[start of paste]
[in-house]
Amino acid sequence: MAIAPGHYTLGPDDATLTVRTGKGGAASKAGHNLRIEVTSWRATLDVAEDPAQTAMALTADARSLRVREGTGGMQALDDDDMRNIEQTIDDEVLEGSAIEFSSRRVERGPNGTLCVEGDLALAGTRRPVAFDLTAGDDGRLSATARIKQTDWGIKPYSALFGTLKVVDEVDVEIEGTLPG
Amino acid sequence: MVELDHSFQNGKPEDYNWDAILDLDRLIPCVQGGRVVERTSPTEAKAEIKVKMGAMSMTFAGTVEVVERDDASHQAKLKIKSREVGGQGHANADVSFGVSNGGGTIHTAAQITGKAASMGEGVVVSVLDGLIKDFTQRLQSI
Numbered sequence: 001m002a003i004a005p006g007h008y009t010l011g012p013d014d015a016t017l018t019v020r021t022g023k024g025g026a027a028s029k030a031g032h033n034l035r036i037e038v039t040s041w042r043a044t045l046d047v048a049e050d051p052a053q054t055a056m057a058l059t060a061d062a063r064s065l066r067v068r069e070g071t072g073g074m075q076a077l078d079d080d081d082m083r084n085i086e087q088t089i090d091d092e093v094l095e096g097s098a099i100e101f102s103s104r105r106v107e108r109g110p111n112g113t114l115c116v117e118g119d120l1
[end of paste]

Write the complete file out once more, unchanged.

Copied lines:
[in-house]
Amino acid sequence: MAIAPGHYTLGPDDATLTVRTGKGGAASKAGHNLRIEVTSWRATLDVAEDPAQTAMALTADARSLRVREGTGGMQALDDDDMRNIEQTIDDEVLEGSAIEFSSRRVERGPNGTLCVEGDLALAGTRRPVAFDLTAGDDGRLSATARIKQTDWGIKPYSALFGTLKVVDEVDVEIEGTLPG
Amino acid sequence: MVELDHSFQNGKPEDYNWDAILDLDRLIPCVQGGRVVERTSPTEAKAEIKVKMGAMSMTFAGTVEVVERDDASHQAKLKIKSREVGGQGHANADVSFGVSNGGGTIHTAAQITGKAASMGEGVVVSVLDGLIKDFTQRLQSI
Numbered sequence: 001m002a003i004a005p006g007h008y009t010l011g012p013d014d015a016t017l018t019v020r021t022g023k024g025g026a027a028s029k030a031g032h033n034l035r036i037e038v039t040s041w042r043a044t045l046d047v048a049e050d051p052a053q054t055a056m057a058l059t060a061d062a063r064s065l066r067v068r069e070g071t072g073g074m075q076a077l078d079d080d081d082m083r084n085i086e087q088t089i090d091d092e093v094l095e096g097s098a099i100e101f102s103s104r105r106v107e108r109g110p111n112g113t114l115c116v117e118g119d120l1